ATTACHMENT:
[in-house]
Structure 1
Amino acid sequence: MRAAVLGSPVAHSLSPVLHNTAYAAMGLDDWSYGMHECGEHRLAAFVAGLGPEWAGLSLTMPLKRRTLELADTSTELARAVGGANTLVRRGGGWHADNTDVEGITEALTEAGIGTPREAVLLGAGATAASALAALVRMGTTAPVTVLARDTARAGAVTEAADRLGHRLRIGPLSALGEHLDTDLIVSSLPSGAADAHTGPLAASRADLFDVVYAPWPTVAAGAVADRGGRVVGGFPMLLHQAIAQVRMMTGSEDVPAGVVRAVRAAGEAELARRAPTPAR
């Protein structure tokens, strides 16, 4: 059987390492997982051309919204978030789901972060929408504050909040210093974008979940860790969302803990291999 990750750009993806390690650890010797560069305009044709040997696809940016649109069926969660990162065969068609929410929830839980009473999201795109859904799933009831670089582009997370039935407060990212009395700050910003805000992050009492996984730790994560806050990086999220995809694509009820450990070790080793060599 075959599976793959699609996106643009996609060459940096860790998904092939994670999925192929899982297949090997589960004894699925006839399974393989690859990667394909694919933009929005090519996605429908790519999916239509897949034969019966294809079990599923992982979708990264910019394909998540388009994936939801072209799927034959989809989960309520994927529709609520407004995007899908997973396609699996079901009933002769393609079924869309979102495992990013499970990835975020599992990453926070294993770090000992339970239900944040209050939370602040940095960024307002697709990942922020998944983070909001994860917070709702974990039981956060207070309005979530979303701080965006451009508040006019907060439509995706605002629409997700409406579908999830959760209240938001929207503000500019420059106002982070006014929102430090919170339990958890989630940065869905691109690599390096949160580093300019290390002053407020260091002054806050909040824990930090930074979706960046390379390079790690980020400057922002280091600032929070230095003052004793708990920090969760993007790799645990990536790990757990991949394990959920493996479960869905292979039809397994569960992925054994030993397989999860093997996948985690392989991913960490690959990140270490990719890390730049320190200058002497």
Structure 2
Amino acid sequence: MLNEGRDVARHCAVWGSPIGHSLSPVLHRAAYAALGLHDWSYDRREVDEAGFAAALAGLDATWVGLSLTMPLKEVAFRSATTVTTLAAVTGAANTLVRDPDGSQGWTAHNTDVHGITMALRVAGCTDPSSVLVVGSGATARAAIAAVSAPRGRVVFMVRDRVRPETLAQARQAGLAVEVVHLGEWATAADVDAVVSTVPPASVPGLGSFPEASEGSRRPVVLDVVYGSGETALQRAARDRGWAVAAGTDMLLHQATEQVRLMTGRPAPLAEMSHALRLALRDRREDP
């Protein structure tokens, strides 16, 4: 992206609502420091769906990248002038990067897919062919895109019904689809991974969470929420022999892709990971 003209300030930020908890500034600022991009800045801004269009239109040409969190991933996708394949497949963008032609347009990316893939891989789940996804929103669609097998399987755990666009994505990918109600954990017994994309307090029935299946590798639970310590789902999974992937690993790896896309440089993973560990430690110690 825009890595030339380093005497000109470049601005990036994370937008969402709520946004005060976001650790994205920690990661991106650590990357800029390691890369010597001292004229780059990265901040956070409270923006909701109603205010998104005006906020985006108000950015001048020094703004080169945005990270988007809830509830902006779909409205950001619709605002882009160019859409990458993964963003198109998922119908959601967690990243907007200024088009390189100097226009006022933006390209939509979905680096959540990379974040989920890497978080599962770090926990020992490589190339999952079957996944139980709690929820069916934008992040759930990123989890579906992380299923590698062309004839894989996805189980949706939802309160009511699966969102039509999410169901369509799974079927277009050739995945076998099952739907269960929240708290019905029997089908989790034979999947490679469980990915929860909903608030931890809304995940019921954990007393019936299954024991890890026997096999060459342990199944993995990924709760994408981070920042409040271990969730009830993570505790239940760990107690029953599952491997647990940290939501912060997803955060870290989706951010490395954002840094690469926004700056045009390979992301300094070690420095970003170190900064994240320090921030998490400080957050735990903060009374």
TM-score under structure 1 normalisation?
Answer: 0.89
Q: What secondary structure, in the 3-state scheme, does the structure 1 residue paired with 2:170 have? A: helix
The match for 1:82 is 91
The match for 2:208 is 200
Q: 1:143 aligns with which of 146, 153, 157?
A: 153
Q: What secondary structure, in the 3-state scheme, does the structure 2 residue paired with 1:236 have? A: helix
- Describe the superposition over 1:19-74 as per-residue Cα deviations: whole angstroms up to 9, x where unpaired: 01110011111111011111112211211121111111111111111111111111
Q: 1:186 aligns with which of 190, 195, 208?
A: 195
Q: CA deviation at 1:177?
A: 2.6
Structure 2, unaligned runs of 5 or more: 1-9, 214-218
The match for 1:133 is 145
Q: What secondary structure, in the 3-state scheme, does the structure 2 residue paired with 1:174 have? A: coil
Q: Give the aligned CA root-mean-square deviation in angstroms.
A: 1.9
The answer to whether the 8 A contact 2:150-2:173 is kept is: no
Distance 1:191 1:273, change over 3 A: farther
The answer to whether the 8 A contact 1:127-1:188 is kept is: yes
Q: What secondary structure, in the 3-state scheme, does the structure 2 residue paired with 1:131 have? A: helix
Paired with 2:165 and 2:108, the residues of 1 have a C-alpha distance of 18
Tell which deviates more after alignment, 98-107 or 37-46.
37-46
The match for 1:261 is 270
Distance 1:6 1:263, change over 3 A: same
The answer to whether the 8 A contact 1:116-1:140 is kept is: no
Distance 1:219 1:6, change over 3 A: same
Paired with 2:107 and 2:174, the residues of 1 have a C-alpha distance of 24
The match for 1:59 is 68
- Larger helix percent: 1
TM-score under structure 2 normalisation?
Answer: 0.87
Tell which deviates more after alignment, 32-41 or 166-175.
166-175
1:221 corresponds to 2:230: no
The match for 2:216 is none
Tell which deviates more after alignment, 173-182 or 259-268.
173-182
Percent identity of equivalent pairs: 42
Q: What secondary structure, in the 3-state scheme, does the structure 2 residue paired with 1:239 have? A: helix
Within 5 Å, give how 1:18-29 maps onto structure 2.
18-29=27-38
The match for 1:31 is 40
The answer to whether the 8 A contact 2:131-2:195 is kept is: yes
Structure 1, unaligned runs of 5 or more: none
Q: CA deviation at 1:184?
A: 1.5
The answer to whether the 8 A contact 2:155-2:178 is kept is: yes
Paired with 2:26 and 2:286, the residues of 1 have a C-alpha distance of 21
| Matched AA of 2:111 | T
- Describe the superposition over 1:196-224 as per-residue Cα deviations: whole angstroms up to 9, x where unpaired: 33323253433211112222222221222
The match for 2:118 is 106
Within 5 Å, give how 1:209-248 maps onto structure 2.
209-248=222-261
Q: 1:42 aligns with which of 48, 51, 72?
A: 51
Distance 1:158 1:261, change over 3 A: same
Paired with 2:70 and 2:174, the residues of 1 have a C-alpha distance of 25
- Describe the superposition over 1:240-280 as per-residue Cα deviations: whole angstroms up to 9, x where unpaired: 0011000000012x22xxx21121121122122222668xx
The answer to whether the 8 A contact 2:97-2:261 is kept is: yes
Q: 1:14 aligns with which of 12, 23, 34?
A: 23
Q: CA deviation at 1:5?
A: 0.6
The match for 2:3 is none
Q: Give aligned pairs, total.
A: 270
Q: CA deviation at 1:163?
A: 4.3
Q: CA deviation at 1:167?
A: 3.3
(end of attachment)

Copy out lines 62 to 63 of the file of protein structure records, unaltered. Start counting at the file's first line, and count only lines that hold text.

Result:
Within 5 Å, give how 1:209-248 maps onto structure 2.
209-248=222-261